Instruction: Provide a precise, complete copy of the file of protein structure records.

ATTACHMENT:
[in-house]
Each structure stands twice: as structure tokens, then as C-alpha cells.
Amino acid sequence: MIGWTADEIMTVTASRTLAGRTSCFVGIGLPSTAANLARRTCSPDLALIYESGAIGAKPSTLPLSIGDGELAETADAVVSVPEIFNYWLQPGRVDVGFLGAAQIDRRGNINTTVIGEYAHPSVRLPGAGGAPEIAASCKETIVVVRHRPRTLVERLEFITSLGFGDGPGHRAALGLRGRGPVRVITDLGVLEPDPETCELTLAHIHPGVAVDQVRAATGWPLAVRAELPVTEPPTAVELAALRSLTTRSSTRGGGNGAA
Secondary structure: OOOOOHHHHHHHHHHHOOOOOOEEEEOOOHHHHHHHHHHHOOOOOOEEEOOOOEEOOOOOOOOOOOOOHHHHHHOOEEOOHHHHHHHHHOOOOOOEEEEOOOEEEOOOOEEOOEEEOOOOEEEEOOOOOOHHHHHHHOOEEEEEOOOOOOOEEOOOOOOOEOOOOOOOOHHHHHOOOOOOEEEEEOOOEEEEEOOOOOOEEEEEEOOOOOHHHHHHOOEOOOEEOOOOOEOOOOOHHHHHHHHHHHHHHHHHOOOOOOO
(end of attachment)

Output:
[in-house]
Each structure stands twice: as structure tokens, then as C-alpha cells.
Amino acid sequence: MIGWTADEIMTVTASRTLAGRTSCFVGIGLPSTAANLARRTCSPDLALIYESGAIGAKPSTLPLSIGDGELAETADAVVSVPEIFNYWLQPGRVDVGFLGAAQIDRRGNINTTVIGEYAHPSVRLPGAGGAPEIAASCKETIVVVRHRPRTLVERLEFITSLGFGDGPGHRAALGLRGRGPVRVITDLGVLEPDPETCELTLAHIHPGVAVDQVRAATGWPLAVRAELPVTEPPTAVELAALRSLTTRSSTRGGGNGAA
Secondary structure: OOOOOHHHHHHHHHHHOOOOOOEEEEOOOHHHHHHHHHHHOOOOOOEEEOOOOEEOOOOOOOOOOOOOHHHHHHOOEEOOHHHHHHHHHOOOOOOEEEEOOOEEEOOOOEEOOEEEOOOOEEEEOOOOOOHHHHHHHOOEEEEEOOOOOOOEEOOOOOOOEOOOOOOOOHHHHHOOOOOOEEEEEOOOEEEEEOOOOOOEEEEEEOOOOOHHHHHHOOEOOOEEOOOOOEOOOOOHHHHHHHHHHHHHHHHHOOOOOOO